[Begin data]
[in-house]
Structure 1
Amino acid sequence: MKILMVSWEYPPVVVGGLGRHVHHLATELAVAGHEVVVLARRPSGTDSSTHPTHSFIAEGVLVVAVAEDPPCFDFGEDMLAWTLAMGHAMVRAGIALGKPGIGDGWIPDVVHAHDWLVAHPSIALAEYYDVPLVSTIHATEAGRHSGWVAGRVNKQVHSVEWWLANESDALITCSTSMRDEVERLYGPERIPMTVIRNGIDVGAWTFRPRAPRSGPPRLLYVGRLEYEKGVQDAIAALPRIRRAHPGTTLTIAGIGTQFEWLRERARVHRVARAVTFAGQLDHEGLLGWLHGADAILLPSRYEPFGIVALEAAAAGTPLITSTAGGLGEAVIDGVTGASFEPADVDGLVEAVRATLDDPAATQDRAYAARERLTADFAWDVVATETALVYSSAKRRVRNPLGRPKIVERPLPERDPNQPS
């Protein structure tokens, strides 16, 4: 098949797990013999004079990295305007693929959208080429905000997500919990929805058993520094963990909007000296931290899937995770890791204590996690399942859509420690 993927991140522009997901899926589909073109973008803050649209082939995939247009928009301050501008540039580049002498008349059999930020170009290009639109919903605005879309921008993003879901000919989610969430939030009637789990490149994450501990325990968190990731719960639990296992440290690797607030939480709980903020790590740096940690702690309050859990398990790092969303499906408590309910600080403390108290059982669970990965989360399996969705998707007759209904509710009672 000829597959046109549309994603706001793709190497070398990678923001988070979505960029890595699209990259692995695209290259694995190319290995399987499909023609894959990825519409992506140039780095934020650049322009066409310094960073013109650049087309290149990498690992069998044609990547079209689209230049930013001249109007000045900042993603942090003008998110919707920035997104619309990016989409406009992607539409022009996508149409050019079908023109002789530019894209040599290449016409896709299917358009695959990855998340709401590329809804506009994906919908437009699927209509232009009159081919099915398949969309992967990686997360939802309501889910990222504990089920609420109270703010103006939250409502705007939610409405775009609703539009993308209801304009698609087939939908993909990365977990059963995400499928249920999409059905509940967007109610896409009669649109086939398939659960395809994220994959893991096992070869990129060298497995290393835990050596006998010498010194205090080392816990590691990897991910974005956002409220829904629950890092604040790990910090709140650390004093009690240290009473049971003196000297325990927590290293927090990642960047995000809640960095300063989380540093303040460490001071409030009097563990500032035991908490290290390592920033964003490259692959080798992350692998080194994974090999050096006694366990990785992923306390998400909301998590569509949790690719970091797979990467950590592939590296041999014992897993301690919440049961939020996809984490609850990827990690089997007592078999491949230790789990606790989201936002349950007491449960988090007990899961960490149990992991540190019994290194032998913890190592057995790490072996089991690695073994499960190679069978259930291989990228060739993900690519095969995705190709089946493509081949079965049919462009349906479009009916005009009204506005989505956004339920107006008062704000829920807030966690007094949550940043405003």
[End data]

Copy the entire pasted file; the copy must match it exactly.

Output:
[in-house]
Structure 1
Amino acid sequence: MKILMVSWEYPPVVVGGLGRHVHHLATELAVAGHEVVVLARRPSGTDSSTHPTHSFIAEGVLVVAVAEDPPCFDFGEDMLAWTLAMGHAMVRAGIALGKPGIGDGWIPDVVHAHDWLVAHPSIALAEYYDVPLVSTIHATEAGRHSGWVAGRVNKQVHSVEWWLANESDALITCSTSMRDEVERLYGPERIPMTVIRNGIDVGAWTFRPRAPRSGPPRLLYVGRLEYEKGVQDAIAALPRIRRAHPGTTLTIAGIGTQFEWLRERARVHRVARAVTFAGQLDHEGLLGWLHGADAILLPSRYEPFGIVALEAAAAGTPLITSTAGGLGEAVIDGVTGASFEPADVDGLVEAVRATLDDPAATQDRAYAARERLTADFAWDVVATETALVYSSAKRRVRNPLGRPKIVERPLPERDPNQPS
């Protein structure tokens, strides 16, 4: 098949797990013999004079990295305007693929959208080429905000997500919990929805058993520094963990909007000296931290899937995770890791204590996690399942859509420690 993927991140522009997901899926589909073109973008803050649209082939995939247009928009301050501008540039580049002498008349059999930020170009290009639109919903605005879309921008993003879901000919989610969430939030009637789990490149994450501990325990968190990731719960639990296992440290690797607030939480709980903020790590740096940690702690309050859990398990790092969303499906408590309910600080403390108290059982669970990965989360399996969705998707007759209904509710009672 000829597959046109549309994603706001793709190497070398990678923001988070979505960029890595699209990259692995695209290259694995190319290995399987499909023609894959990825519409992506140039780095934020650049322009066409310094960073013109650049087309290149990498690992069998044609990547079209689209230049930013001249109007000045900042993603942090003008998110919707920035997104619309990016989409406009992607539409022009996508149409050019079908023109002789530019894209040599290449016409896709299917358009695959990855998340709401590329809804506009994906919908437009699927209509232009009159081919099915398949969309992967990686997360939802309501889910990222504990089920609420109270703010103006939250409502705007939610409405775009609703539009993308209801304009698609087939939908993909990365977990059963995400499928249920999409059905509940967007109610896409009669649109086939398939659960395809994220994959893991096992070869990129060298497995290393835990050596006998010498010194205090080392816990590691990897991910974005956002409220829904629950890092604040790990910090709140650390004093009690240290009473049971003196000297325990927590290293927090990642960047995000809640960095300063989380540093303040460490001071409030009097563990500032035991908490290290390592920033964003490259692959080798992350692998080194994974090999050096006694366990990785992923306390998400909301998590569509949790690719970091797979990467950590592939590296041999014992897993301690919440049961939020996809984490609850990827990690089997007592078999491949230790789990606790989201936002349950007491449960988090007990899961960490149990992991540190019994290194032998913890190592057995790490072996089991690695073994499960190679069978259930291989990228060739993900690519095969995705190709089946493509081949079965049919462009349906479009009916005009009204506005989505956004339920107006008062704000829920807030966690007094949550940043405003």